Nestled on the rugged coast of northwest Greenland, Siorapaluk holds the distinction of being the northernmost inhabited settlement in the world. This remote village, home to a small Inuit community, offers a glimpse into a way of life intimately connected to the Arctic environment. Experience the traditional practices of hunting and fishing that have sustained the Inuit for centuries, and witness the resilience and adaptability of a culture thriving in one of the harshest climates on Earth. Siorapaluk provides a unique opportunity to connect with the Inuit people and gain a deeper understanding of their enduring traditions.

Culture and History

Greenland’s culture is deeply rooted in the traditions and resilience of the Inuit people, who have inhabited the island for centuries, adapting to its harsh Arctic environment. The Inuit have a rich history of hunting, fishing, and craftsmanship, evident in their intricate carvings, traditional clothing made from sealskin and caribou hide, and captivating storytelling traditions. Greenland’s history is intertwined with Norse exploration and colonization, with evidence of Viking settlements dating back to the 10th century. The island became a Danish colony in the 18th century and gained home rule in 1979. Today, Greenland is a modern society striving to balance its Inuit heritage with the influences of globalization.

Practical Information

When traveling to Greenland, it’s essential to be prepared with practical information to ensure a smooth and enjoyable trip. The currency is the Danish krone (DKK), and credit cards are widely accepted in larger towns and settlements. However, it’s advisable to carry some cash for smaller establishments and remote areas. The electrical outlets are the standard European two-pin plugs, so pack an adapter if needed. Greenland has limited internet and mobile phone coverage, particularly in remote regions, so be prepared for limited connectivity. Tipping is not customary in Greenland, as service charges are typically included in bills.

Health and Safety

Greenland is generally a safe destination for travelers, but it’s important to be mindful of the unique challenges posed by its remote location and Arctic environment. Pack a comprehensive first-aid kit, including any necessary medications, as access to healthcare facilities can be limited outside of major towns. It’s advisable to consult with your healthcare provider regarding vaccinations and necessary precautions before traveling. When exploring the outdoors, dress in layers appropriate for the unpredictable weather conditions, and be aware of the risks associated with hiking, kayaking, and other outdoor activities. Pack plenty of water and snacks, and inform someone of your itinerary, especially if venturing into remote areas.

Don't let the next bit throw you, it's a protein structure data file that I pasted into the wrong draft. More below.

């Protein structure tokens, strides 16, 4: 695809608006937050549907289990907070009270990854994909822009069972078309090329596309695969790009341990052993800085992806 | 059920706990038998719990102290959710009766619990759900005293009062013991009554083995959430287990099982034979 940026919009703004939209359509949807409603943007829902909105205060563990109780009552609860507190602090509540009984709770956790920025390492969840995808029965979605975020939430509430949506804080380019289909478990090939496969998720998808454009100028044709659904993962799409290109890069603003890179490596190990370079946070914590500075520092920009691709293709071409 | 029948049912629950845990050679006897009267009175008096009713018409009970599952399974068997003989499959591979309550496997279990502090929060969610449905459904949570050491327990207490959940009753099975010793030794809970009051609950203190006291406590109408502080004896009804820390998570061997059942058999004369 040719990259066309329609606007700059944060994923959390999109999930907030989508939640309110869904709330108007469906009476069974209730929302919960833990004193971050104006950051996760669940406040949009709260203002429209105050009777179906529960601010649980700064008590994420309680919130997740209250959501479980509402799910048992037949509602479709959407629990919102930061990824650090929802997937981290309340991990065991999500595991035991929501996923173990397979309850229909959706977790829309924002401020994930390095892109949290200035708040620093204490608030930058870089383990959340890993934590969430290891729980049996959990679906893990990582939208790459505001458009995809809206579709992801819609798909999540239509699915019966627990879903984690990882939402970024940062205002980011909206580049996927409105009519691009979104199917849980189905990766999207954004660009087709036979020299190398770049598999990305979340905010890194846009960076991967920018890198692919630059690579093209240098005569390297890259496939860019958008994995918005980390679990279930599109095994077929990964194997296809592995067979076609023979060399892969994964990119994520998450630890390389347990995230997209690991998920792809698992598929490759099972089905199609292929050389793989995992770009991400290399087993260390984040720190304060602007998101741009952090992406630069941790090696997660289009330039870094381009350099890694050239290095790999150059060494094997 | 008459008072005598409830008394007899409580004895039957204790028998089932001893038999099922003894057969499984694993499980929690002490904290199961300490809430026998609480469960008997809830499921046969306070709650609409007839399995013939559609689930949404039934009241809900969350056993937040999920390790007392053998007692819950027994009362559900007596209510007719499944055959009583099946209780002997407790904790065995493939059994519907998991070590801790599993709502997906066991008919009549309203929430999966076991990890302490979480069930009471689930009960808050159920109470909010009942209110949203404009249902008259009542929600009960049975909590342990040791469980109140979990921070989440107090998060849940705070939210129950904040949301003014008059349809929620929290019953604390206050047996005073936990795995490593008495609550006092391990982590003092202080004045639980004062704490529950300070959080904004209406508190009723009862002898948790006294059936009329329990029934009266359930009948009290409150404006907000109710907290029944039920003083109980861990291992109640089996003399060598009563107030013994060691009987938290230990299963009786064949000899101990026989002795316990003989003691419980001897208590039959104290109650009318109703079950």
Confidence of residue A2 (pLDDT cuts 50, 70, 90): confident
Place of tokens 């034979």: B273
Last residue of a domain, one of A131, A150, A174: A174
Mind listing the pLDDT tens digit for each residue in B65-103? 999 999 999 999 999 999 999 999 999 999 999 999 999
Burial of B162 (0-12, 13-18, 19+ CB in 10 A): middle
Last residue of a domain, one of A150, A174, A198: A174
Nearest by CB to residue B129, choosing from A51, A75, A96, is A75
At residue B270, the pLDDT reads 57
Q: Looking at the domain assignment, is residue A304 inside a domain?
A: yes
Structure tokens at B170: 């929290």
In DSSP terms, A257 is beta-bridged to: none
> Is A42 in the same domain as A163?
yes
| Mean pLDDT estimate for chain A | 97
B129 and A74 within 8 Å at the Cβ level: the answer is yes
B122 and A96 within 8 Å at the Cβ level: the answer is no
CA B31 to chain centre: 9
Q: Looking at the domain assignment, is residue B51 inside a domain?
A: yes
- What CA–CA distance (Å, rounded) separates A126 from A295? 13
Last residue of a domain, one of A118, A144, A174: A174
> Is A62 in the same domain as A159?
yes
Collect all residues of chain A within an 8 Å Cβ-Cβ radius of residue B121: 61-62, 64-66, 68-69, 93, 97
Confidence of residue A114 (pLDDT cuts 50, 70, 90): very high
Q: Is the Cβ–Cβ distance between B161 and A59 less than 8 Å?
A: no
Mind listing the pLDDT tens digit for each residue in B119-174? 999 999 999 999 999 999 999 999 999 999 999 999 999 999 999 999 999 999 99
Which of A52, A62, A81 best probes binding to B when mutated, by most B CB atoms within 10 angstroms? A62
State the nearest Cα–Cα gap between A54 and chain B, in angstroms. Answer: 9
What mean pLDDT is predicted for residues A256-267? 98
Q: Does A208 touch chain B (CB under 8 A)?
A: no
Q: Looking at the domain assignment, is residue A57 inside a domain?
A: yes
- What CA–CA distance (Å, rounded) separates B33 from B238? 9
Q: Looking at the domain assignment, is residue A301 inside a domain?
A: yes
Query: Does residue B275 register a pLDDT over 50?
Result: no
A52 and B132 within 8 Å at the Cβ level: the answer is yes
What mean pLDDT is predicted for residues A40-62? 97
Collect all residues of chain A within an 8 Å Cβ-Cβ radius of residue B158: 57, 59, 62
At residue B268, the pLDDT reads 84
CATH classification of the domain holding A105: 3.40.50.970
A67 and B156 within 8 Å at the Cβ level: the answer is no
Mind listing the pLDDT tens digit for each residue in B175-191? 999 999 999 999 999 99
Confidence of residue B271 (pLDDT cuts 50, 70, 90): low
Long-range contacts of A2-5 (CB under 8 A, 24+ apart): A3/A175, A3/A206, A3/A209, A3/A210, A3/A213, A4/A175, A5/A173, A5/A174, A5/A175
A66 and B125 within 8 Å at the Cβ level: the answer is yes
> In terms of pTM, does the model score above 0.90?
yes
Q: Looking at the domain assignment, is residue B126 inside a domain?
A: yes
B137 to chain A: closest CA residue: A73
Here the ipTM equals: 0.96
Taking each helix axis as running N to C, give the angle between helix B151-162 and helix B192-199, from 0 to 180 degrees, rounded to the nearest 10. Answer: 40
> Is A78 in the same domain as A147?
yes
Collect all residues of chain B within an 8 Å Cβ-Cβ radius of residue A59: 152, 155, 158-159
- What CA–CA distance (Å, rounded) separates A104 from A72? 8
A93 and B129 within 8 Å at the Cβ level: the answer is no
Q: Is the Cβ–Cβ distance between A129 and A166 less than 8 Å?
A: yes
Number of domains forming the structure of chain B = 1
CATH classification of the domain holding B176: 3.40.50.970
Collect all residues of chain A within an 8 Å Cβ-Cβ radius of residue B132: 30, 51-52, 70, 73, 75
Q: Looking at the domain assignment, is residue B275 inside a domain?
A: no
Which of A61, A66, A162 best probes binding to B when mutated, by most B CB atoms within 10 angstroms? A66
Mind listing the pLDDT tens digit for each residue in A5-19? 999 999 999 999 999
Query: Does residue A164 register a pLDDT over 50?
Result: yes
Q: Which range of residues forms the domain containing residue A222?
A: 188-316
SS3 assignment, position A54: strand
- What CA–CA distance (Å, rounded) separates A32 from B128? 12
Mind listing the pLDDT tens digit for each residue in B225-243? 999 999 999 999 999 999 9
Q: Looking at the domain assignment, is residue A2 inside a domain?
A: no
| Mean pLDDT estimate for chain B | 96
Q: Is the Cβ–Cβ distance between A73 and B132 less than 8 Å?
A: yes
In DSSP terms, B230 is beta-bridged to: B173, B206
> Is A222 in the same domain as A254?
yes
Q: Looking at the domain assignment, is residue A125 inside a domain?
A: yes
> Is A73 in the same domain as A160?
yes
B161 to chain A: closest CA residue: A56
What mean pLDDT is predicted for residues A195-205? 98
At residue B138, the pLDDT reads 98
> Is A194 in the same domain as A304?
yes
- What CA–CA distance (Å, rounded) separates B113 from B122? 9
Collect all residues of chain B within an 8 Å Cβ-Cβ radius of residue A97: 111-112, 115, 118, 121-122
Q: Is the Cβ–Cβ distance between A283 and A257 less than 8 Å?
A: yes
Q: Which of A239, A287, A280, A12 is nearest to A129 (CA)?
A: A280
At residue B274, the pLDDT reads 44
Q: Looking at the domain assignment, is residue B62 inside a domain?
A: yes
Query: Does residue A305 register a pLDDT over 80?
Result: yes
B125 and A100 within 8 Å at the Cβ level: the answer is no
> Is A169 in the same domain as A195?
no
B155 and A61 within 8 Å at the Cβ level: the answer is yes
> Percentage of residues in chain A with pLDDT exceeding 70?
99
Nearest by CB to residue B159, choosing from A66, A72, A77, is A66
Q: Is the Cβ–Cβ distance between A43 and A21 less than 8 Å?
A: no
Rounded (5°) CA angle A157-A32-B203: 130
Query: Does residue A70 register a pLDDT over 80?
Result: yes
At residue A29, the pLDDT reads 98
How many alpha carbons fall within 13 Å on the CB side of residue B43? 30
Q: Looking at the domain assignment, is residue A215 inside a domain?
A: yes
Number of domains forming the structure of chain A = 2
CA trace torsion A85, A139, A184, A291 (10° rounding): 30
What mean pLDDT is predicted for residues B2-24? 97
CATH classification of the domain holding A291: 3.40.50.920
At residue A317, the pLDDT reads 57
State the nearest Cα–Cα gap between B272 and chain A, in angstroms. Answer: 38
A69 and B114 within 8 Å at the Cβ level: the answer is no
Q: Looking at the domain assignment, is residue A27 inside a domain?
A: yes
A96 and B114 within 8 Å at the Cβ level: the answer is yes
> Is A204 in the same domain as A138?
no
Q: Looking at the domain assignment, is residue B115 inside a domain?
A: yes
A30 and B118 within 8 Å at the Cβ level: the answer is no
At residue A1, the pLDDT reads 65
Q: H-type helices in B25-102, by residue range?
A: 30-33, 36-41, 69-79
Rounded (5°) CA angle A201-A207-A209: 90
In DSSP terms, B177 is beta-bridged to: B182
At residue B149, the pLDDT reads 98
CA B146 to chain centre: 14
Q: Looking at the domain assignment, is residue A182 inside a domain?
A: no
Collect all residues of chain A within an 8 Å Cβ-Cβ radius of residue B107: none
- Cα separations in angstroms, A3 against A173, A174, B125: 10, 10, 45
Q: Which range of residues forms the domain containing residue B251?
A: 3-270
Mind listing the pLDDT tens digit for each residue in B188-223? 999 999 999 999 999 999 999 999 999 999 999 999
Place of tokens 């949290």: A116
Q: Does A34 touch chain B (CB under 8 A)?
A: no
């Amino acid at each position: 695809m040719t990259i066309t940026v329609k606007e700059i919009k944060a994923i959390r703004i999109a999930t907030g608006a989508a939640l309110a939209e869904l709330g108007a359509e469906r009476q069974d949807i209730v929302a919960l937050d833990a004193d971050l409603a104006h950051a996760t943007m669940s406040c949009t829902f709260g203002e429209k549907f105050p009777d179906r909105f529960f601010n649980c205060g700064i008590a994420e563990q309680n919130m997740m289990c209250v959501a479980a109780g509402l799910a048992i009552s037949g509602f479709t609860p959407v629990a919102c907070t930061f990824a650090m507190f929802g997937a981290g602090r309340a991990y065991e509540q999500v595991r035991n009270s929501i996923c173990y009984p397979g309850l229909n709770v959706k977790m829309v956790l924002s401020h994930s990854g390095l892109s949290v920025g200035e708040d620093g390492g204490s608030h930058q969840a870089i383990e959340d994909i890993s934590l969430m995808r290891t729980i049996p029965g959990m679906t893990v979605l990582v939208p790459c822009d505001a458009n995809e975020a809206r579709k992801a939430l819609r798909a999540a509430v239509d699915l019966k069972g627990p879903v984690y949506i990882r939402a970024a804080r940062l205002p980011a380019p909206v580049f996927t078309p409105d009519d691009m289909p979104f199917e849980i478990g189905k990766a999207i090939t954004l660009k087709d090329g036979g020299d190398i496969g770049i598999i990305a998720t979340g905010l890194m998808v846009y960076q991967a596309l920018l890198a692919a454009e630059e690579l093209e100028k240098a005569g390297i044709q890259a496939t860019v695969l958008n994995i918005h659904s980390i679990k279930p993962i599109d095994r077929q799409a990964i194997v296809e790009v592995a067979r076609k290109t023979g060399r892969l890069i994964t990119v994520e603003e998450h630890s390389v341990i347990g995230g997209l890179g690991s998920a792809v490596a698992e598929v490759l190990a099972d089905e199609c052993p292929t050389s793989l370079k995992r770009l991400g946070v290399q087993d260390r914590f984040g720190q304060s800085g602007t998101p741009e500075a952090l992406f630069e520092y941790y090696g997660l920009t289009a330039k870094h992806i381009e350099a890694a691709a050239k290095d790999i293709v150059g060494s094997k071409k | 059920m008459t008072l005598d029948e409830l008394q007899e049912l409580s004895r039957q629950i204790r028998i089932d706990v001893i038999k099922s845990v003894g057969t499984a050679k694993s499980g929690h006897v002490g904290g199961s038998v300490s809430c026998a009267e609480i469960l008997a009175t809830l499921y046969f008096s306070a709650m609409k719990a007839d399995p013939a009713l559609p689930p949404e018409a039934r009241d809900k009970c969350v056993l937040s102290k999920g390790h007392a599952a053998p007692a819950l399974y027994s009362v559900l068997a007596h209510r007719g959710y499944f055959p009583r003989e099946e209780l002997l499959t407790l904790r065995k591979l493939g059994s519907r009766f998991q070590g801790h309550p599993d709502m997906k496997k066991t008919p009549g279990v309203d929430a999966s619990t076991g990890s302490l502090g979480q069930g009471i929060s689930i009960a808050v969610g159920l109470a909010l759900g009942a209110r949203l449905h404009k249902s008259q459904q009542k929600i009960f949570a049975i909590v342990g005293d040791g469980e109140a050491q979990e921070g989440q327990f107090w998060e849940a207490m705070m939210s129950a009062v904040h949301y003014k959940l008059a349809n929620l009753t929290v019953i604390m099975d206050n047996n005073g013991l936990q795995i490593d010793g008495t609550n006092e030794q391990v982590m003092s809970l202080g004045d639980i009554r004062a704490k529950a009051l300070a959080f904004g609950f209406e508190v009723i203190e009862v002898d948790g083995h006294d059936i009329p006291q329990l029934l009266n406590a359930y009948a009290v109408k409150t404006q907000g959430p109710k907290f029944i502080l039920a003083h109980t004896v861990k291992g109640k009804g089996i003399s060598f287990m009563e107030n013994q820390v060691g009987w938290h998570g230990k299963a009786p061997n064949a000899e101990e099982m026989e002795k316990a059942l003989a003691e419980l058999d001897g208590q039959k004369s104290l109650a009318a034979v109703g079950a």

Money and Banking

The official currency of Greenland is the Danish krone (DKK), which is divided into 100 øre. Major credit cards, such as Visa and Mastercard, are widely accepted in larger towns and settlements, particularly for hotels, restaurants, and shops. However, it’s essential to carry sufficient cash for smaller establishments, local markets, and remote areas where card facilities may be limited. ATMs are available in major towns, but it’s advisable to withdraw cash before venturing into remote regions. Currency exchange services can be found at banks and some hotels, although rates may vary.

Visa and Passport Requirements

Greenland is part of the Kingdom of Denmark but has its own immigration regulations. Citizens of Denmark, Iceland, Norway, Sweden, and Finland do not require a visa to enter Greenland. Citizens of other European Union and European Economic Area countries, as well as many other nationalities, are also exempt from visa requirements for short stays, typically up to 90 days. However, it’s essential to check the specific visa requirements based on your nationality before traveling. All visitors must possess a valid passport with at least six months of validity remaining beyond their intended stay in Greenland.


The official languages of Greenland are Greenlandic (Kalaallisut) and Danish. Greenlandic is an Inuit language spoken by the majority of the population, while Danish is widely spoken in administrative and educational settings. English is also commonly spoken in major towns and tourist areas, particularly in hotels, restaurants, and touristic establishments. However, venturing into smaller settlements and remote regions may require some basic Greenlandic or Danish phrases, as English proficiency may be limited. Learning a few basic greetings and phrases can go a long way in enhancing your interactions with the locals.

Climate and Weather

Greenland experiences an Arctic climate characterized by long, cold winters and short, cool summers. The vast majority of the island is covered by a permanent ice sheet, resulting in frigid temperatures and significant variations in daylight hours throughout the year. Winter (November to April) brings freezing temperatures, often dropping below -20 degrees Celsius (-4 degrees Fahrenheit), with limited daylight hours and frequent snowfall. Summer (May to October) offers milder temperatures, ranging from 5 to 10 degrees Celsius (41 to 68 degrees Fahrenheit), with the phenomenon of the midnight sun, where the sun remains visible above the horizon for 24 hours a day.